TED Conversations

Juan Manuel De la Cruz

This conversation is closed. Start a new conversation
or join one »

¿What does this information mean for Latin American countries?

The talk is about how income inequality has profound effects on society and even the health of its members, specifically large diference means negative results, the Latin American Region has long been characterized for suffreing from these large gaps, which continue to grow; ¿is the gap the cause for the surge in violence and drugdealing in our region? ¿Do factors like the sensitiveness of feeling like "the bottom half" contribute to the idolization of "the narco" as a role model?

0
Share:
progress indicator
  • Nov 22 2011: Juan Manuel
    I have been thinking over your post and question. I lived in Mexico for twenty years. I travelled extensively through Central America.

    What I think is going on is a sort of parallel to the flight of illegals to the US. There is an idolization of "the rich gringo" that is there behind both of them. Both are fueled by and used by North Americans. The problem becomes very complex however. Even in Mexico, as people in the deepest rural areas were able to finally have television, there was I think a renewed desire to go to Mexico City and other large cities to live that life they saw in telenovelas. Just think of how many times the character, el pobre campesino, male or female, plays a role in these.

    Both the idea of being a narco and of living in the US are the real fuel. Given the opportunity to participate and have that kind of money and prosperity causes many to abandon values and family in an attempt to "provide for them." But it is more the idea of the wealth that runs the show. The betrayal of identity in order to possibly gain wealth is horrid.

    Obviously the drug kingpins have leveraged of system of corruption in order to feed their own greed. But sometimes I have seen that same greed in the lives of very marginalized people. It is not the desire to "pull oneself up" that is necessarily bad, though I think that particular dream is empty, but the idea that I can get not just what I need, but all of the other things I want by either associating with a gang or trying to get to Texas.

    The easy answer is well let's do something about the poverty. Yes, let's, but face it neither governments or NGO's really have the where with all to do that. It has to be at a more basic fundamental level. I wish I had any easy answer to that problem. If we actually could provide a deeper quality of life for people, then maybe there would be a chance. I would love to continue to dialogue with you about this. You have mentioned a huge problem.
  • thumb
    Nov 23 2011: I think there is a lot of value in what you said, I live in Guatemala and it is astonishing to me how over the years, the image of the druglord has become a paradigme of properity (for some people and equivalent of class and elegance). I agree in the fact that a lack of fundamental values is the main culprit, I have talked to very empoverished people that openly say entering the drug business is their life goal, however when asked about fullfilment and purpose in this way of life (regardless of their ilicit nature), they could not tell you a single valid reason as to why participate in the drug business.

    Here in Guatemala there are campaigns and discussions about "the value of values" but the message does not seem to come across to anyone, comments like "nobody observes ethics anymore", "you're a sucker for thinking that" are common; the only time I've ever seen the talk of values and actual ethical consideration come into play is when a member of the community is caught doing something illegal, when that happens everyone is suddenly extremely ethical and reproachful of the "delincuent".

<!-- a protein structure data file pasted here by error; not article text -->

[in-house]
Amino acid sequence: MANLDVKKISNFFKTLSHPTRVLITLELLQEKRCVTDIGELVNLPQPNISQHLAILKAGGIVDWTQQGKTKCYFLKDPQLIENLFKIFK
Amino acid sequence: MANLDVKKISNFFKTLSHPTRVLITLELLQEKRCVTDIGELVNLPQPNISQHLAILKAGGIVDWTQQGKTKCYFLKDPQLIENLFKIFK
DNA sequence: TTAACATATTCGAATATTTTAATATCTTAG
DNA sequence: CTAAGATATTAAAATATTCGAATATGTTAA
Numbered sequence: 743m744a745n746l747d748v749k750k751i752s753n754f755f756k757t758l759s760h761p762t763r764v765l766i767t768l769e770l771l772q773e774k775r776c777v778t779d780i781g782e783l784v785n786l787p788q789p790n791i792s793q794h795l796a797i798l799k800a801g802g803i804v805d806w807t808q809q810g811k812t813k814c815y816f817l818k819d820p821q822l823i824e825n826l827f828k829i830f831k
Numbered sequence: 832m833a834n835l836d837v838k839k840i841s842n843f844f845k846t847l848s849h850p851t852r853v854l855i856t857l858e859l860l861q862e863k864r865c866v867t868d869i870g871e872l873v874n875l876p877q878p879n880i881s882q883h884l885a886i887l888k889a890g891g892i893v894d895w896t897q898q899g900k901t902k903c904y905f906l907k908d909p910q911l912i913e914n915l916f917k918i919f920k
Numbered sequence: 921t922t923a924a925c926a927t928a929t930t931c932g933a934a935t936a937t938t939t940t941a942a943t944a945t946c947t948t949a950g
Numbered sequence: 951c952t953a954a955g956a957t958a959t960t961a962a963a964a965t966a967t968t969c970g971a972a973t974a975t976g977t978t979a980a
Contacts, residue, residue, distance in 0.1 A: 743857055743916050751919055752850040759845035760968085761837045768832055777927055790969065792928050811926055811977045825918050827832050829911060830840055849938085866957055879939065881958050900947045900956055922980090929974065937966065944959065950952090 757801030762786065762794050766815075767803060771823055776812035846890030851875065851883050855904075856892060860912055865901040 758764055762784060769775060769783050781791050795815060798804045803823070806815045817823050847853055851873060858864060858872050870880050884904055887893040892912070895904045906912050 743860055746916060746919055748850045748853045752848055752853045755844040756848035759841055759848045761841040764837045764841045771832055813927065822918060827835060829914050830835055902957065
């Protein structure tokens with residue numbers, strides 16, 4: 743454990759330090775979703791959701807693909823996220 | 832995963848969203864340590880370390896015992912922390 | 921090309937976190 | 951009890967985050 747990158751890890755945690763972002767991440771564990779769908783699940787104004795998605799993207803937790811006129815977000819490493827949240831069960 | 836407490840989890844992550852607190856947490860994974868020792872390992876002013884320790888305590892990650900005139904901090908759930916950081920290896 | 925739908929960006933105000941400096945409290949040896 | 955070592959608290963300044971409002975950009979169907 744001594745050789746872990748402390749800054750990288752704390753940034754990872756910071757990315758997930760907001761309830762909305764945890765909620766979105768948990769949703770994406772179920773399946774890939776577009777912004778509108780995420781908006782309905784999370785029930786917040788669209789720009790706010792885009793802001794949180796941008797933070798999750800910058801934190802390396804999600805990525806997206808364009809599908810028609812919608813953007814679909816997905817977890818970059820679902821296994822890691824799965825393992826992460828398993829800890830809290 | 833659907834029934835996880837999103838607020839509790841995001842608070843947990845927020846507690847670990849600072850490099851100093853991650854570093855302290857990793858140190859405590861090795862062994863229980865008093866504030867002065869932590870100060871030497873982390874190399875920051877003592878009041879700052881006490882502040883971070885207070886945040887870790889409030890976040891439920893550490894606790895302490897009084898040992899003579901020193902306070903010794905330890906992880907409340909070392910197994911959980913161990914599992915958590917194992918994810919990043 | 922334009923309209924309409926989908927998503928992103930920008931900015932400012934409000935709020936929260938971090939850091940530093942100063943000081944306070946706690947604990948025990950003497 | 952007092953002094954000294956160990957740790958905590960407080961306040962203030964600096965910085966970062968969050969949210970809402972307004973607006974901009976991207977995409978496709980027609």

Keeping that in mind ¿Does the solution to the loss of values in a society come from shaming the members of a social group into observing them? ¿Is this how values came to be in the first place, the shame of being viewed by society as a criminal?

    Its a horrible concept to entertain but having seen the effect, or lack thereof, that social awareness campaigns against corruption and drugdealing have on people I feel it may come to be a solution, not the best but a solution none the less.

    In short, I think you've come up with a great point, it is a titanic sized problem and I see the solution having to do with basic human knowledge and values.
  • thumb
    Nov 21 2011: I believe that income inequality in Latin America is the cause for many problems, the most important one at the moment is the one sorrounding the proliferation of illegal drug dealing industries throughout our region; it is because of the income gap that illicit activities are viewed as an acceptable method of obtaining wealth, like it says in the talk, the shame of being considered a member of the bottom half by far outweighs the dangers and grievances that come with being involved with drug dealing and gangs; since there is little social mobility in this region there is very little chance of obtaining better standarts of living through a career in the legal sector; as a result many young people are attracted (sometimes even forced socially and physically) to enter the illegal sector viewing it as their only option.
    • Nov 28 2011: Juan Manuel
      There is also the social structure of "cuates" (the word used in Mexico for the close groups of friends) that also plays an important part. I believe it is a structure that provides a whole framework of understanding especially male culture. The group of friends is the support system in all sorts of levels. I think many of the pandillas are just that sort of group.

      I think income inequity is one part of the larger problem of quality of life. So many people do not share the basic needs in their lives.